A team of international researchers led by engineers from the National University of Singapore (NUS) have invented a new magnetic device to manipulate digital information 20 times more efficiently and with 10 times more stability than commercial spintronic digital memories. The novel spintronic memory device employs ferrimagnets and was developed in collaboration with researchers from Toyota Technological Institute, Nagoya, and Korea University, Seoul.
This breakthrough has the potential to accelerate the commercial growth of spin-based memory. “Our discovery could provide a new device platform to the spintronic industry, which at present struggles with issues around instability and scalability due to the thin magnetic elements that are used,” said Associate Professor Yang Hyunsoo from the NUS Department of Electrical and Computer Engineering, who spearheaded the project.
The invention of this novel spintronic memory was first reported in the journal Nature Materials on 3 December 2018.
Rising demand for new memory technologies
Today, digital information is being generated in unprecedented amounts all over the world, and as such there is an increasing demand for low-cost, low-power, highly-stable, and highly-scalable memory and computing products. One way this is being achieved is with new spintronic materials, where digital data are stored in up or down magnetic states of tiny magnets. However, while existing spintronic memory products based on ferromagnets succeed in meeting some of these demands, they are still very costly due to scalability and stability issues.
“Ferromagnet-based memories cannot be grown beyond a few nanometres thick as their writing efficiency decays exponentially with increasing thickness. This thickness range is insufficient to ensure the stability of stored digital data against normal temperature variations,” explained Dr. Yu Jiawei, who was involved in this project while pursuing her doctoral studies at NUS.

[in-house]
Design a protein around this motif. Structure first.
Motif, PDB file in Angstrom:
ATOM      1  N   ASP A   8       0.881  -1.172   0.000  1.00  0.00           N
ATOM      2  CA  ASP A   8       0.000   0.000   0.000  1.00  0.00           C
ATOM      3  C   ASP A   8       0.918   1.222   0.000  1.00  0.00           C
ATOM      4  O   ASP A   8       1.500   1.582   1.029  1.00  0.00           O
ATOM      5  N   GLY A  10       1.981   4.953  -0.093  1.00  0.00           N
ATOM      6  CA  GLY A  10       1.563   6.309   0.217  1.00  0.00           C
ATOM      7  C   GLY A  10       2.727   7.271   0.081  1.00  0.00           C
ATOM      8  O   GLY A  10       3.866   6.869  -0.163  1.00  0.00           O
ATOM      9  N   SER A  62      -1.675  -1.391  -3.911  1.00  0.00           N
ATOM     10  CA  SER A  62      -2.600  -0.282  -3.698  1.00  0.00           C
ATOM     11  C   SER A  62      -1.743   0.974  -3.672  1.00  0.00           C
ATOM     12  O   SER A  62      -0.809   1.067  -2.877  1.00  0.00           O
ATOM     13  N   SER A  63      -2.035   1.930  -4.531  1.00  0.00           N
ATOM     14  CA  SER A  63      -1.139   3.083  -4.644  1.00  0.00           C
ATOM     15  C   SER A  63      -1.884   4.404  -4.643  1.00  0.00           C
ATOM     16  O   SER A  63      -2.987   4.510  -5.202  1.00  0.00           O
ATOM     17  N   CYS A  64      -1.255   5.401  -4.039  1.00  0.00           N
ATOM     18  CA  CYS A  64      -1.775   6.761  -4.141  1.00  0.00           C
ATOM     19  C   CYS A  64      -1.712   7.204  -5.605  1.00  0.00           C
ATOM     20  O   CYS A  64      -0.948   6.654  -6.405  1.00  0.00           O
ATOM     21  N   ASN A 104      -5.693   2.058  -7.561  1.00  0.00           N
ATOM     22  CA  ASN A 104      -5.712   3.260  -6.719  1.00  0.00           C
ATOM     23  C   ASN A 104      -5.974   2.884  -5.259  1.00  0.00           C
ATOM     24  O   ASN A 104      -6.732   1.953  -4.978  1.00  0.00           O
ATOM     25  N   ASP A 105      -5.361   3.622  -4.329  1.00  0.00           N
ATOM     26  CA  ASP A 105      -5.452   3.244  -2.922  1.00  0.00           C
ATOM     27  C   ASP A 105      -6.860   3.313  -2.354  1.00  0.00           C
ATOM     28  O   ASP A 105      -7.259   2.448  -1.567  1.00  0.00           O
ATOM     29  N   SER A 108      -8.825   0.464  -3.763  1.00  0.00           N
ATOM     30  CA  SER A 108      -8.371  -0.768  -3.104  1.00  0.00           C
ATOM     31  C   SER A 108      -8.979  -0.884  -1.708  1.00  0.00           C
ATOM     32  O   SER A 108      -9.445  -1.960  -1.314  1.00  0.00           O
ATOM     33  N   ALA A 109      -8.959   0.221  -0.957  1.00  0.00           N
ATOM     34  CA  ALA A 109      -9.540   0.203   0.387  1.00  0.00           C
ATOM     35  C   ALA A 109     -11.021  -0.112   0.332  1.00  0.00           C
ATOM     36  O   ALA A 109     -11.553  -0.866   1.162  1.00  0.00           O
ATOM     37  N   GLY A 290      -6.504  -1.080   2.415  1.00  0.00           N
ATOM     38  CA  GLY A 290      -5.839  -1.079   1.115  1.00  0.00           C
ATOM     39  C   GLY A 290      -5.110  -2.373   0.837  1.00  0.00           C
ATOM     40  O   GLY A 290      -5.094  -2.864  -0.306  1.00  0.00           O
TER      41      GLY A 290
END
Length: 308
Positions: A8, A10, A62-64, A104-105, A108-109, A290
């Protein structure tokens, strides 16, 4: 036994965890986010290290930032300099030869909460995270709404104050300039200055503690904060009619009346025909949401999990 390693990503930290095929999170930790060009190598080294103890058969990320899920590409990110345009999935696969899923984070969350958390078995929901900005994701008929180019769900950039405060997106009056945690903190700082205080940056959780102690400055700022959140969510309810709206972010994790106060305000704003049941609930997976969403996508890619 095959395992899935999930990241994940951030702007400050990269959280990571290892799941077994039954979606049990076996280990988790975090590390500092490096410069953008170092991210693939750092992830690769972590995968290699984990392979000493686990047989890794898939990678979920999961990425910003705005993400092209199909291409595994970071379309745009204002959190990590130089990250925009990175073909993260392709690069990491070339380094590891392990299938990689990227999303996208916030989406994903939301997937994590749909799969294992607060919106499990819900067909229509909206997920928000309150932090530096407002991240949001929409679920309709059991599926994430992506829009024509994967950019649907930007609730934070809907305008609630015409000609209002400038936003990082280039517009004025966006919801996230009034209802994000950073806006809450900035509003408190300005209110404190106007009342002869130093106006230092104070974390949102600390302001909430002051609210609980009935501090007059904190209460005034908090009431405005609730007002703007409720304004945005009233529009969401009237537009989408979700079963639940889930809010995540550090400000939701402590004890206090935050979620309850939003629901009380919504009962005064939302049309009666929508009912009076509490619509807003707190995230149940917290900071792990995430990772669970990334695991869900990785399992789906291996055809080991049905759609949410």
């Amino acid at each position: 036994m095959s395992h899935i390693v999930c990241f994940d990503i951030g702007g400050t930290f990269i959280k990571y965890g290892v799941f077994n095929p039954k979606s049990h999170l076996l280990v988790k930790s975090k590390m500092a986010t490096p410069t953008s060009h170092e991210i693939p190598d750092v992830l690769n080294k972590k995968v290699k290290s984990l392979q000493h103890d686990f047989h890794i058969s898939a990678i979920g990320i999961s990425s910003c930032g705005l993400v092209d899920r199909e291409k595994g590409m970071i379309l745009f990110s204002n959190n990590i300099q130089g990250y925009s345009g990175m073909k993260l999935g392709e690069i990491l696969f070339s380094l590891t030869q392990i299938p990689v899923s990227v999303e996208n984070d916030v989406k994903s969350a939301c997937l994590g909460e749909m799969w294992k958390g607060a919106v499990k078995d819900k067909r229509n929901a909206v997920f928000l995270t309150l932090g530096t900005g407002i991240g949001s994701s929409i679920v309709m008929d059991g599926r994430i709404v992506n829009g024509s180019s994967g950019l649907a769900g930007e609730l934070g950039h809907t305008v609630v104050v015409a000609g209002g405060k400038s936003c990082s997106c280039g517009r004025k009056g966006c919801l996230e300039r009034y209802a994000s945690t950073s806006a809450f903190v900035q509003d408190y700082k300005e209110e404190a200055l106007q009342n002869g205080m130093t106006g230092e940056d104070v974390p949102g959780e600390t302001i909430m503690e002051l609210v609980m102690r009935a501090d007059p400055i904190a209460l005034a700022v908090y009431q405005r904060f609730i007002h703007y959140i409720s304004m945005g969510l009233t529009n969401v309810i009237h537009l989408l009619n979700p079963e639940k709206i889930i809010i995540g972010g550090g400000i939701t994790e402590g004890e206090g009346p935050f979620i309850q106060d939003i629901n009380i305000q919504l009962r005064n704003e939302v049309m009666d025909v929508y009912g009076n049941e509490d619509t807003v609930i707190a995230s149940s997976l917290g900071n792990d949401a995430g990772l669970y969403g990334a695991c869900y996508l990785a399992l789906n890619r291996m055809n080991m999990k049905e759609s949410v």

A ferrimagnetic solution
To address these challenges, the team fabricated a magnetic memory device using an interesting class of magnetic material—ferrimagnets. Crucially, it was discovered that ferrimagnetic materials can be grown 10 times thicker without compromising on the overall data writing efficiency.
“The spin of the current carrying electrons, which basically represents the data you want to write, experiences minimal resistance in ferrimagnets. Imagine the difference in efficiency when you drive your car on an eight lane highway compared to a narrow city lane. While a ferromagnet is like a city street for an electron’s spin, a ferrimagnet is a welcoming freeway where its spin or the underlying information can survive for a very long distance,” explained Mr Rahul Mishra, who was part of the research team and a current doctoral candidate with the group.
Using an electronic current, the NUS researchers were able to write information in a ferrimagnet memory element which was 10 times more stable and 20 times more efficient than a ferromagnet.
For this discovery, Associate Professor Yang’s team took advantage of the unique atomic arrangement in a ferrimagnet. “In ferrimagnets, the neighbouring atomic magnets are opposite to each other. The disturbance caused by one atom to an incoming spin is compensated by the next one, and as a result information travels faster and further with less power. We hope that the computing and storage industry can take advantage of our invention to improve the performance and data retention capabilities of emerging spin memories,” said Associate Professor Yang.
The NUS research team is now planning to look into the data writing and reading speed of their device. They expect that the distinctive atomic properties of their device will also result in its ultrafast performance. In addition, they are also planning to collaborate with industry partners to accelerate the commercial translation of their discovery.